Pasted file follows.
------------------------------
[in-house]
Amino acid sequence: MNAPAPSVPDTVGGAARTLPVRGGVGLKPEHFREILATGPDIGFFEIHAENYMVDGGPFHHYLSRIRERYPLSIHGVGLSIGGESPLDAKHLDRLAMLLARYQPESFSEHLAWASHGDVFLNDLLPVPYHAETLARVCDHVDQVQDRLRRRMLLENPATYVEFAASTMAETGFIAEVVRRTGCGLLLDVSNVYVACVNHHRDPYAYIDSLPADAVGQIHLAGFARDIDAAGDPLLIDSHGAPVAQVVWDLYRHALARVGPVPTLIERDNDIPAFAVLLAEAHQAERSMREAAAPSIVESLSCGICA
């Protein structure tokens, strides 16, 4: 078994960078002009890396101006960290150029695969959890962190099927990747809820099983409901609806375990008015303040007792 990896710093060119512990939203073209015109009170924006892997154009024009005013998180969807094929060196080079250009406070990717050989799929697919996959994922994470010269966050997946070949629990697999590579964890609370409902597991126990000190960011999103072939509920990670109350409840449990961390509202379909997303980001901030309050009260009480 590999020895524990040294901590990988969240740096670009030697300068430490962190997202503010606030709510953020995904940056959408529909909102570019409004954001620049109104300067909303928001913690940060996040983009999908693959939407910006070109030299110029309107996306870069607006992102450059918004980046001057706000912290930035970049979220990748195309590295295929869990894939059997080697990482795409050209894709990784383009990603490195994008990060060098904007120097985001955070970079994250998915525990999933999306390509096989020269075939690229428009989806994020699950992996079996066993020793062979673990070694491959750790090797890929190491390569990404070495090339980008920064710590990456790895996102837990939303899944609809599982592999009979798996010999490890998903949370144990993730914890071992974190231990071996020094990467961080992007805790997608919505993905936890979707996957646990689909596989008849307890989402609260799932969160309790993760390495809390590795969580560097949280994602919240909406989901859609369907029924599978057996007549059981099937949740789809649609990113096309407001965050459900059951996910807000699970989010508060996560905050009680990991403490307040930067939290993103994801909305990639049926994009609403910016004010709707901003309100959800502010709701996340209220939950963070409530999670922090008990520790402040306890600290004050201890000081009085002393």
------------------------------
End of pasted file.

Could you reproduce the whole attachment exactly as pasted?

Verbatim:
[in-house]
Amino acid sequence: MNAPAPSVPDTVGGAARTLPVRGGVGLKPEHFREILATGPDIGFFEIHAENYMVDGGPFHHYLSRIRERYPLSIHGVGLSIGGESPLDAKHLDRLAMLLARYQPESFSEHLAWASHGDVFLNDLLPVPYHAETLARVCDHVDQVQDRLRRRMLLENPATYVEFAASTMAETGFIAEVVRRTGCGLLLDVSNVYVACVNHHRDPYAYIDSLPADAVGQIHLAGFARDIDAAGDPLLIDSHGAPVAQVVWDLYRHALARVGPVPTLIERDNDIPAFAVLLAEAHQAERSMREAAAPSIVESLSCGICA
């Protein structure tokens, strides 16, 4: 078994960078002009890396101006960290150029695969959890962190099927990747809820099983409901609806375990008015303040007792 990896710093060119512990939203073209015109009170924006892997154009024009005013998180969807094929060196080079250009406070990717050989799929697919996959994922994470010269966050997946070949629990697999590579964890609370409902597991126990000190960011999103072939509920990670109350409840449990961390509202379909997303980001901030309050009260009480 590999020895524990040294901590990988969240740096670009030697300068430490962190997202503010606030709510953020995904940056959408529909909102570019409004954001620049109104300067909303928001913690940060996040983009999908693959939407910006070109030299110029309107996306870069607006992102450059918004980046001057706000912290930035970049979220990748195309590295295929869990894939059997080697990482795409050209894709990784383009990603490195994008990060060098904007120097985001955070970079994250998915525990999933999306390509096989020269075939690229428009989806994020699950992996079996066993020793062979673990070694491959750790090797890929190491390569990404070495090339980008920064710590990456790895996102837990939303899944609809599982592999009979798996010999490890998903949370144990993730914890071992974190231990071996020094990467961080992007805790997608919505993905936890979707996957646990689909596989008849307890989402609260799932969160309790993760390495809390590795969580560097949280994602919240909406989901859609369907029924599978057996007549059981099937949740789809649609990113096309407001965050459900059951996910807000699970989010508060996560905050009680990991403490307040930067939290993103994801909305990639049926994009609403910016004010709707901003309100959800502010709701996340209220939950963070409530999670922090008990520790402040306890600290004050201890000081009085002393």